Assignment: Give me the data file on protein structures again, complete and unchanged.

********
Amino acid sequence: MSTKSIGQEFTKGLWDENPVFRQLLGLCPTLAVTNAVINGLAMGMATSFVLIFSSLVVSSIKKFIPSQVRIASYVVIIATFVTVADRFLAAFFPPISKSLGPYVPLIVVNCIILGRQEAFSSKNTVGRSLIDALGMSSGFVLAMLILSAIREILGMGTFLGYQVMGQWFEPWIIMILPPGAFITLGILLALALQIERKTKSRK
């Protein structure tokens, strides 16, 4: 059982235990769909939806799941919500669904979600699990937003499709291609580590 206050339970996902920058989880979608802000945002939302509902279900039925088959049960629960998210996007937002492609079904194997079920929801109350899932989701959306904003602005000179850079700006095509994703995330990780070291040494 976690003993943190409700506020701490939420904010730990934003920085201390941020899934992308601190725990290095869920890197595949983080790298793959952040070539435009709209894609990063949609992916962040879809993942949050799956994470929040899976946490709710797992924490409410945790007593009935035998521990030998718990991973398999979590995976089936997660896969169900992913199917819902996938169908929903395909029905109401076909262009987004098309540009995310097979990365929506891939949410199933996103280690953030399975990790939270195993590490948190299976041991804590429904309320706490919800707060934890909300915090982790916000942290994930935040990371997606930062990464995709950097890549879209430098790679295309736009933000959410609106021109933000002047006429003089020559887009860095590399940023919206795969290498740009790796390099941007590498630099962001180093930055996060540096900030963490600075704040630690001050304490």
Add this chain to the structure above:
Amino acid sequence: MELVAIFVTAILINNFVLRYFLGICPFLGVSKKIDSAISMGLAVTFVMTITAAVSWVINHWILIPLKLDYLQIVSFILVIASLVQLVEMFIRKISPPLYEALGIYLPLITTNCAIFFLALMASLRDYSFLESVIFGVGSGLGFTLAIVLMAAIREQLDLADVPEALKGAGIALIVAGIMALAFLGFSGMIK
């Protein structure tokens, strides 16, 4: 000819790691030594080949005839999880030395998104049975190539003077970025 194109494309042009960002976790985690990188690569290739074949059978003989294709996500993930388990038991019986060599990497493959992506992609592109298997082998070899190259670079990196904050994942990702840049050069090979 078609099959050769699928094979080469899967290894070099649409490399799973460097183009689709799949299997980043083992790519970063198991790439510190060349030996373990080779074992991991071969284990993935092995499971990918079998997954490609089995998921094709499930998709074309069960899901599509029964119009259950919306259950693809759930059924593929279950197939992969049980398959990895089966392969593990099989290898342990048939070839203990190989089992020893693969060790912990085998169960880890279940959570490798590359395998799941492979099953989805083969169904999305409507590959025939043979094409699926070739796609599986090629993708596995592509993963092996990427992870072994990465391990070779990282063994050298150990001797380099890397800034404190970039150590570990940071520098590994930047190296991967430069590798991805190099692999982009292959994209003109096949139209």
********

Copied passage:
Amino acid sequence: MSTKSIGQEFTKGLWDENPVFRQLLGLCPTLAVTNAVINGLAMGMATSFVLIFSSLVVSSIKKFIPSQVRIASYVVIIATFVTVADRFLAAFFPPISKSLGPYVPLIVVNCIILGRQEAFSSKNTVGRSLIDALGMSSGFVLAMLILSAIREILGMGTFLGYQVMGQWFEPWIIMILPPGAFITLGILLALALQIERKTKSRK
């Protein structure tokens, strides 16, 4: 059982235990769909939806799941919500669904979600699990937003499709291609580590 206050339970996902920058989880979608802000945002939302509902279900039925088959049960629960998210996007937002492609079904194997079920929801109350899932989701959306904003602005000179850079700006095509994703995330990780070291040494 976690003993943190409700506020701490939420904010730990934003920085201390941020899934992308601190725990290095869920890197595949983080790298793959952040070539435009709209894609990063949609992916962040879809993942949050799956994470929040899976946490709710797992924490409410945790007593009935035998521990030998718990991973398999979590995976089936997660896969169900992913199917819902996938169908929903395909029905109401076909262009987004098309540009995310097979990365929506891939949410199933996103280690953030399975990790939270195993590490948190299976041991804590429904309320706490919800707060934890909300915090982790916000942290994930935040990371997606930062990464995709950097890549879209430098790679295309736009933000959410609106021109933000002047006429003089020559887009860095590399940023919206795969290498740009790796390099941007590498630099962001180093930055996060540096900030963490600075704040630690001050304490």
Add this chain to the structure above:
Amino acid sequence: MELVAIFVTAILINNFVLRYFLGICPFLGVSKKIDSAISMGLAVTFVMTITAAVSWVINHWILIPLKLDYLQIVSFILVIASLVQLVEMFIRKISPPLYEALGIYLPLITTNCAIFFLALMASLRDYSFLESVIFGVGSGLGFTLAIVLMAAIREQLDLADVPEALKGAGIALIVAGIMALAFLGFSGMIK
């Protein structure tokens, strides 16, 4: 000819790691030594080949005839999880030395998104049975190539003077970025 194109494309042009960002976790985690990188690569290739074949059978003989294709996500993930388990038991019986060599990497493959992506992609592109298997082998070899190259670079990196904050994942990702840049050069090979 078609099959050769699928094979080469899967290894070099649409490399799973460097183009689709799949299997980043083992790519970063198991790439510190060349030996373990080779074992991991071969284990993935092995499971990918079998997954490609089995998921094709499930998709074309069960899901599509029964119009259950919306259950693809759930059924593929279950197939992969049980398959990895089966392969593990099989290898342990048939070839203990190989089992020893693969060790912990085998169960880890279940959570490798590359395998799941492979099953989805083969169904999305409507590959025939043979094409699926070739796609599986090629993708596995592509993963092996990427992870072994990465391990070779990282063994050298150990001797380099890397800034404190970039150590570990940071520098590994930047190296991967430069590798991805190099692999982009292959994209003109096949139209």